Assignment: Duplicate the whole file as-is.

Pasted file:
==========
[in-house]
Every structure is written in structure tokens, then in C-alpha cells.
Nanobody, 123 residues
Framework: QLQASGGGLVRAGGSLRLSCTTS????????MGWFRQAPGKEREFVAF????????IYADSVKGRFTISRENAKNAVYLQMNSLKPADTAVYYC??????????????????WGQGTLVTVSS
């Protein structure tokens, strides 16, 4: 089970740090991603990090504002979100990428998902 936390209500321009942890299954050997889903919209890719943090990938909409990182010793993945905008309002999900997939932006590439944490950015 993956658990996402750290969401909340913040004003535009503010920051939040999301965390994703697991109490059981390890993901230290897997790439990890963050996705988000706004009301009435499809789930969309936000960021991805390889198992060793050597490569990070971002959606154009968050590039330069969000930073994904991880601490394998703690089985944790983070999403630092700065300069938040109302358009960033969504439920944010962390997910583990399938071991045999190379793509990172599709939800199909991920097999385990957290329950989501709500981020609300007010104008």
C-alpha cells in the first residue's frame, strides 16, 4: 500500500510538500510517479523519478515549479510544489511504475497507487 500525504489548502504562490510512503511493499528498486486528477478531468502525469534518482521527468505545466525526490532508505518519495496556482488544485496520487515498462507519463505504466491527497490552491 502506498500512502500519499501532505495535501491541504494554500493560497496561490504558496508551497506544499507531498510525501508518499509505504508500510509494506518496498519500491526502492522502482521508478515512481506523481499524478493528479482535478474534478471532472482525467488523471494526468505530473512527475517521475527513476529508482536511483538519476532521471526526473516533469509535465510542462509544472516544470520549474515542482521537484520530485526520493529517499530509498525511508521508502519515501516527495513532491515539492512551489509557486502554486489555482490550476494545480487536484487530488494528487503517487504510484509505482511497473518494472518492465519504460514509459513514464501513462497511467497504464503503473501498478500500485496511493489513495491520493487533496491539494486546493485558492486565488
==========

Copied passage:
[in-house]
Every structure is written in structure tokens, then in C-alpha cells.
Nanobody, 123 residues
Framework: QLQASGGGLVRAGGSLRLSCTTS????????MGWFRQAPGKEREFVAF????????IYADSVKGRFTISRENAKNAVYLQMNSLKPADTAVYYC??????????????????WGQGTLVTVSS
């Protein structure tokens, strides 16, 4: 089970740090991603990090504002979100990428998902 936390209500321009942890299954050997889903919209890719943090990938909409990182010793993945905008309002999900997939932006590439944490950015 993956658990996402750290969401909340913040004003535009503010920051939040999301965390994703697991109490059981390890993901230290897997790439990890963050996705988000706004009301009435499809789930969309936000960021991805390889198992060793050597490569990070971002959606154009968050590039330069969000930073994904991880601490394998703690089985944790983070999403630092700065300069938040109302358009960033969504439920944010962390997910583990399938071991045999190379793509990172599709939800199909991920097999385990957290329950989501709500981020609300007010104008």
C-alpha cells in the first residue's frame, strides 16, 4: 500500500510538500510517479523519478515549479510544489511504475497507487 500525504489548502504562490510512503511493499528498486486528477478531468502525469534518482521527468505545466525526490532508505518519495496556482488544485496520487515498462507519463505504466491527497490552491 502506498500512502500519499501532505495535501491541504494554500493560497496561490504558496508551497506544499507531498510525501508518499509505504508500510509494506518496498519500491526502492522502482521508478515512481506523481499524478493528479482535478474534478471532472482525467488523471494526468505530473512527475517521475527513476529508482536511483538519476532521471526526473516533469509535465510542462509544472516544470520549474515542482521537484520530485526520493529517499530509498525511508521508502519515501516527495513532491515539492512551489509557486502554486489555482490550476494545480487536484487530488494528487503517487504510484509505482511497473518494472518492465519504460514509459513514464501513462497511467497504464503503473501498478500500485496511493489513495491520493487533496491539494486546493485558492486565488